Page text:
As an artist and political activist, Ung Bun Heang was both an idealist and a passionate, unforgiving Cambodian nationalist.
Under the pen name “Sacrava”, he was relentless in firing off scurrilous cartoons attacking not only the prime minister and the Hun Sen regime, but equally the royalists, the late King Father Sihanouk, America, China and all of Cambodia’s neighbours, especially Thailand and Vietnam. No one was spared, not even the opposition when he felt they needed a poke with his pen.
But he paid the price. Heang knew he could never return to his beloved homeland from his adopted one, Australia. “I know exactly I am an ugly, black sheep in Cambodia,” he once said.
Above all, the artist longed for a new generation of Cambodians that would question, think critically and speak out with the sort of freedoms he had discovered abroad. After surviving the Pol Pot regime, Australia took him in as a refugee together with his wife Phiny and their baby daughter Kreusna.
“I love this country so dearly,” he never tired of declaring. He loved that Australian politicians could argue with such vehemence in parliament and yet meet afterwards as “mates” for a beer in the pub. That’s what he wanted for Cambodia rather than a politics of fear, revenge and bloodshed.
As the rebel son among five other children born to a wealthy Sino-Cambodian entrepreneur, Heang might have been expected to make a career in medicine or business. But his father accepted one black sheep artist in the family.
Heang first cut his teeth as a cartoonist working on Nokor Thom and other local papers in the war years that followed the overthrow of Prince Sihanouk in 1970. But that apprenticeship came to an end when Pol Pot’s silent guerrillas in black peasant garb marched into town as victors in April 1975. A new madness was unleashed in the revolution that followed.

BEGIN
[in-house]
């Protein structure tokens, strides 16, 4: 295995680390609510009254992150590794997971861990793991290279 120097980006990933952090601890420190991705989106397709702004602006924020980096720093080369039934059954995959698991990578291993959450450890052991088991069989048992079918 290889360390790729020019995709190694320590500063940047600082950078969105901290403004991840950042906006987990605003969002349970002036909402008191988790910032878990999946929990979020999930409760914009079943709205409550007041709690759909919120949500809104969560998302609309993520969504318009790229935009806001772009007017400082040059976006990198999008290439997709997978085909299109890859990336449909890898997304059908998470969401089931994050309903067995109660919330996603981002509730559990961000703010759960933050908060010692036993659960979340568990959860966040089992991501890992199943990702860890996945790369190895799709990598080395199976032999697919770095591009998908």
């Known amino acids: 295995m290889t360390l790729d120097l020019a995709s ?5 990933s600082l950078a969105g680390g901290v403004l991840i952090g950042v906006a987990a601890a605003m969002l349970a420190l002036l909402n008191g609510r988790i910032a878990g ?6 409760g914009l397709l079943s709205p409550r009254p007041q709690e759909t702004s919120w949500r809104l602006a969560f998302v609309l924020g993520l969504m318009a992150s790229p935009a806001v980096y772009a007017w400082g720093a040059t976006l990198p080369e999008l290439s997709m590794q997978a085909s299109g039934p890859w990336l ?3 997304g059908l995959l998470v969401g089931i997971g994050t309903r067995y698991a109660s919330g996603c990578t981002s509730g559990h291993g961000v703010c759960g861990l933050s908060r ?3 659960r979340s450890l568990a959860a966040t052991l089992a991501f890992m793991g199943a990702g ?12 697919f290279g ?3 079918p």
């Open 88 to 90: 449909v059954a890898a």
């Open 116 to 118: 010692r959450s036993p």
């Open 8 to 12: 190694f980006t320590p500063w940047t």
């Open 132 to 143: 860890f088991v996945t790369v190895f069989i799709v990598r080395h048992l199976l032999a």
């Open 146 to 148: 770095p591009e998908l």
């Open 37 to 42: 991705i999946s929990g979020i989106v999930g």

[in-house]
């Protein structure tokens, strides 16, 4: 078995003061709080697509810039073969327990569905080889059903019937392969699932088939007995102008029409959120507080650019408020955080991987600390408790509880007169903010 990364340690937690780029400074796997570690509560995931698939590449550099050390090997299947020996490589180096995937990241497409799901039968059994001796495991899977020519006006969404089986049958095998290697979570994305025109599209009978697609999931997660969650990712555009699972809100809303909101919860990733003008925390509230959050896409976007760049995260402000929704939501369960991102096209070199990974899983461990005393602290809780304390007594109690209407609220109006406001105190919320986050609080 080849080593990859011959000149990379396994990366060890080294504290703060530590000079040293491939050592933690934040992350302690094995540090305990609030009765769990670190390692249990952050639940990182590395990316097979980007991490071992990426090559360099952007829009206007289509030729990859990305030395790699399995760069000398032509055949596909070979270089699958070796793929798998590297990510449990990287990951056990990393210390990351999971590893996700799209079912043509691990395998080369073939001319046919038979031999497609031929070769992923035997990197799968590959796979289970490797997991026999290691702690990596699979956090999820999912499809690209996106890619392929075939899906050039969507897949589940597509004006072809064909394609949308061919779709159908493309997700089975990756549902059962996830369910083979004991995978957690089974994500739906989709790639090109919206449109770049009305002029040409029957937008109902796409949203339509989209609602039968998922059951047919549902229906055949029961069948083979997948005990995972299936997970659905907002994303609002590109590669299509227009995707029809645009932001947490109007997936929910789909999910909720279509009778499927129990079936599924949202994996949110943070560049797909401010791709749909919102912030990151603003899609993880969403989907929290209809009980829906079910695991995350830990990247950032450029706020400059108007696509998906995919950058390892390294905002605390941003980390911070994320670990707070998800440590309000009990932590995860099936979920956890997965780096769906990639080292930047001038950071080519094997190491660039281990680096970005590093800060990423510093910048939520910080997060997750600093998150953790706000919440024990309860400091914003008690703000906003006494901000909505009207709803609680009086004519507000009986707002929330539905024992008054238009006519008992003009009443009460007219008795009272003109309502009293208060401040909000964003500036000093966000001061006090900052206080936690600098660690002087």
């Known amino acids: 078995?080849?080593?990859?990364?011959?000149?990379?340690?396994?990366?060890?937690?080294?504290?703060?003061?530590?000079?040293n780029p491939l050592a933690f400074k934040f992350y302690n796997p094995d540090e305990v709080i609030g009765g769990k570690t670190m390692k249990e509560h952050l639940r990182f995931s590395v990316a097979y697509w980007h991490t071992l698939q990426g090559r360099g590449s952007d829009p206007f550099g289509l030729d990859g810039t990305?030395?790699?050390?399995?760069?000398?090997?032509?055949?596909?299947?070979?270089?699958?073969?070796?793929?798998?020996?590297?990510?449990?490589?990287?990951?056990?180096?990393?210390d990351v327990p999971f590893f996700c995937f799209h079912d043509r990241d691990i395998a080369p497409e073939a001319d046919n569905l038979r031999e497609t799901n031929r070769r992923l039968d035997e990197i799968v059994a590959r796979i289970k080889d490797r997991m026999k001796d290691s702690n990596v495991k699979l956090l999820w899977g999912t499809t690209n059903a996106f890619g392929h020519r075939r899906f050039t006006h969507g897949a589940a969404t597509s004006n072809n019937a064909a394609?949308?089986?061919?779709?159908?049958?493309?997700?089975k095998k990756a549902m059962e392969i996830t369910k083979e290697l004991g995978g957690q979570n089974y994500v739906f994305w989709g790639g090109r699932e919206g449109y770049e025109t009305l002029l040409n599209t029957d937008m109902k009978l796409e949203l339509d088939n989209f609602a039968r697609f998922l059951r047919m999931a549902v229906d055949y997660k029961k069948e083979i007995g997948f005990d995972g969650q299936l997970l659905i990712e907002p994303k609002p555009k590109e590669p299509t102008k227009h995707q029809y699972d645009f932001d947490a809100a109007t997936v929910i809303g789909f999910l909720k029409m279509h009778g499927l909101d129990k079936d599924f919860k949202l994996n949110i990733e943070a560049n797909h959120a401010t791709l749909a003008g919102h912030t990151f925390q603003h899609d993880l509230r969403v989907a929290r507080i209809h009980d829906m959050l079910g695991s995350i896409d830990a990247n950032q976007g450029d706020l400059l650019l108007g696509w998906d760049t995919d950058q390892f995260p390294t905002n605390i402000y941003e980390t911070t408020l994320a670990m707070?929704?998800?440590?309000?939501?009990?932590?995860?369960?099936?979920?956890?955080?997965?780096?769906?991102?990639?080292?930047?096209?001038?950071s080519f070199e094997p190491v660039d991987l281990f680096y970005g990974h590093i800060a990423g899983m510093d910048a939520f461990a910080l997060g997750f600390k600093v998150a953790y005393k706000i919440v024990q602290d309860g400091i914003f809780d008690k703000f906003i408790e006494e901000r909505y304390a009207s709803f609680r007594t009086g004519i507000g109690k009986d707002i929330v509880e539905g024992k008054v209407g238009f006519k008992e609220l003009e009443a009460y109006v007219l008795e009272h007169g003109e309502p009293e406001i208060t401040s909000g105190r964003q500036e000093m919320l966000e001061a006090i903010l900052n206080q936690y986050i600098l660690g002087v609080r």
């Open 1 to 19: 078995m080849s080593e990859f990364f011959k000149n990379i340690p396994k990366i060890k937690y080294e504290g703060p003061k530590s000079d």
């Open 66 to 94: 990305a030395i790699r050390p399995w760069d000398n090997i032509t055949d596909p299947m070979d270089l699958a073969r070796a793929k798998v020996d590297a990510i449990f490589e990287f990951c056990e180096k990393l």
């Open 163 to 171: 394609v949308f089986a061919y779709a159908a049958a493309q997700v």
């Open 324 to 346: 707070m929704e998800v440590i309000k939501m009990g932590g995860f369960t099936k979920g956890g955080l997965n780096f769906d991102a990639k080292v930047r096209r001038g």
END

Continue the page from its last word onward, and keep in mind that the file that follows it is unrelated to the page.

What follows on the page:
During three and a half years of hell under the Khmer Rouge, the learning curve could not have been steeper for Heang and Phiny, both from privileged backgrounds. They were determined to knuckle down to work, endure and never give in to despair. For Phiny especially, the suffering was immense. Of her closest family, first her father was taken away, then one by one or in pairs, five of her siblings followed.
As the adage goes, what did not kill them made them stronger.
As an artist, Bun Heang’s most invaluable legacy is the series of 90 black pen drawings he created from his tortured memories of the everyday madness of what he, Phiny and their families endured in the name of Pol Pot’s insane revolution.
When this unique artistic record was passed over to the Australian National University in Canberra, Australia’s former foreign minister, Gareth Evans, observed how “the horror of that time is so brilliantly . . . graphically . . . movingly . . . even entertainingly captured by these magnificent drawings”.
A selection of the drawings was originally published in 1985 in The Murderous Revolution, the story of Heang and Phiny’s survival authored by Martin Stuart-Fox. Once settled in Australia, Heang worked as an animation artist for Walt Disney and other film studios.
When that work dried up after nearly all the animation studios moved offshore to Asia, Phiny and Heang opened a Cambodian restaurant in one of Sydney’s wealthiest suburbs. Despite queues of happy customers, hard work and long hours, both this and a subsequent restaurant did not pay off.
Determined to work harder than ever, Heang made a fateful decision to buy a small hardware business on the other side of Sydney. It proved to be a disaster and, when the bank foreclosed, the family lost their prized two-storey dream home. It was their pride and glory, the achievement of all they had worked for. Heang called the loss “our second holocaust”.
But he and the family took it on the chin. They stuck together, held their heads high and worked just as hard as ever. While Phiny continued her community liaison work with the New South Wales Police, Heang dedicated himself to a volunteer project. He created and painted a large Aussie-themed mural as an unpaid gift for a local public school.
That was by day. As “Sacrava”, he burned the midnight oil firing off his notorious salvos of politically explosive cartoons across the internet. Whether or not they opened minds and pricked consciences, they crystalised the unspoken fears and loathing of many Cambodians at home and abroad.
When his best friend and partner urged him to ease up, he replied: “Phiny, if I don’t draw I die!”
It says so much about Bun Heang that when he was stricken with terminal cancer, he laughed in defiance. “I take it as a compliment.”
And that he did. That was how he and Phiny had met every challenge and twist of fate since their marriage during the dark days of Pol Pot’s Khmer Rouge. Supported by a continuous vigil of family and friends, Heang fought to the end to make the most of his every last day on earth.
Ung Bun Heang, 60, died on Saturday, February 8. He is survived by wife Phiny, daughters Kreusna and Natalie Sita, sons Jesse and Justin, and three granddaughters. A first grandson is expected in June.